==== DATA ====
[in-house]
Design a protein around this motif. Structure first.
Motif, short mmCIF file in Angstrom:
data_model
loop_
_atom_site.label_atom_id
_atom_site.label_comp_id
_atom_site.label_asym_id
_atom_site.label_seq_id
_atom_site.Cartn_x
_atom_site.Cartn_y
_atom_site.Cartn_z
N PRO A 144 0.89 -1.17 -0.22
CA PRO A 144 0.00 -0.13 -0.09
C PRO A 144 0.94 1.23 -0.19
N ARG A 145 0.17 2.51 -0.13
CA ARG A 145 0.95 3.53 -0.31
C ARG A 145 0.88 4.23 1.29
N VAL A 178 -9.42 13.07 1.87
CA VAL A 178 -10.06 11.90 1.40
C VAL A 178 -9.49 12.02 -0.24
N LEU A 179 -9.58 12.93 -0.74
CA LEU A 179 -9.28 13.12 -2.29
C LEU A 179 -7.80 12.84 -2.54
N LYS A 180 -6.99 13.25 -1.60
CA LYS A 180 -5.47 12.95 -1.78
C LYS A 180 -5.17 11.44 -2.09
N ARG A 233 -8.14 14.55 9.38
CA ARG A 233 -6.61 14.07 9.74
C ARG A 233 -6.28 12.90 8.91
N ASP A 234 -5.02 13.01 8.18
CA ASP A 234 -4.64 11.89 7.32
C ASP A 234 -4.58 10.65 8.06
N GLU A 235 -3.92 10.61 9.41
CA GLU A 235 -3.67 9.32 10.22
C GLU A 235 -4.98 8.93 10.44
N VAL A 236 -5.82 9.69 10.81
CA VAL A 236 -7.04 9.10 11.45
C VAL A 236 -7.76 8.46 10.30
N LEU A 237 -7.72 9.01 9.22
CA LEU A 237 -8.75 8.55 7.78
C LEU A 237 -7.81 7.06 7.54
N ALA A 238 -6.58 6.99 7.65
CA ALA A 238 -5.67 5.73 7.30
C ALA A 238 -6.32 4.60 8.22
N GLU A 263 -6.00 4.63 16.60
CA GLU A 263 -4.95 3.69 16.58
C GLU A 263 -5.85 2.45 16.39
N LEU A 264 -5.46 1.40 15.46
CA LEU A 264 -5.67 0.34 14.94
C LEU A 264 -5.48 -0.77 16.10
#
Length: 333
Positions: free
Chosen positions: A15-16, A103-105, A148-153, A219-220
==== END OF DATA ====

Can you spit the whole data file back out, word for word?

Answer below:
[in-house]
Design a protein around this motif. Structure first.
Motif, short mmCIF file in Angstrom:
data_model
loop_
_atom_site.label_atom_id
_atom_site.label_comp_id
_atom_site.label_asym_id
_atom_site.label_seq_id
_atom_site.Cartn_x
_atom_site.Cartn_y
_atom_site.Cartn_z
N PRO A 144 0.89 -1.17 -0.22
CA PRO A 144 0.00 -0.13 -0.09
C PRO A 144 0.94 1.23 -0.19
N ARG A 145 0.17 2.51 -0.13
CA ARG A 145 0.95 3.53 -0.31
C ARG A 145 0.88 4.23 1.29
N VAL A 178 -9.42 13.07 1.87
CA VAL A 178 -10.06 11.90 1.40
C VAL A 178 -9.49 12.02 -0.24
N LEU A 179 -9.58 12.93 -0.74
CA LEU A 179 -9.28 13.12 -2.29
C LEU A 179 -7.80 12.84 -2.54
N LYS A 180 -6.99 13.25 -1.60
CA LYS A 180 -5.47 12.95 -1.78
C LYS A 180 -5.17 11.44 -2.09
N ARG A 233 -8.14 14.55 9.38
CA ARG A 233 -6.61 14.07 9.74
C ARG A 233 -6.28 12.90 8.91
N ASP A 234 -5.02 13.01 8.18
CA ASP A 234 -4.64 11.89 7.32
C ASP A 234 -4.58 10.65 8.06
N GLU A 235 -3.92 10.61 9.41
CA GLU A 235 -3.67 9.32 10.22
C GLU A 235 -4.98 8.93 10.44
N VAL A 236 -5.82 9.69 10.81
CA VAL A 236 -7.04 9.10 11.45
C VAL A 236 -7.76 8.46 10.30
N LEU A 237 -7.72 9.01 9.22
CA LEU A 237 -8.75 8.55 7.78
C LEU A 237 -7.81 7.06 7.54
N ALA A 238 -6.58 6.99 7.65
CA ALA A 238 -5.67 5.73 7.30
C ALA A 238 -6.32 4.60 8.22
N GLU A 263 -6.00 4.63 16.60
CA GLU A 263 -4.95 3.69 16.58
C GLU A 263 -5.85 2.45 16.39
N LEU A 264 -5.46 1.40 15.46
CA LEU A 264 -5.67 0.34 14.94
C LEU A 264 -5.48 -0.77 16.10
#
Length: 333
Positions: free
Chosen positions: A15-16, A103-105, A148-153, A219-220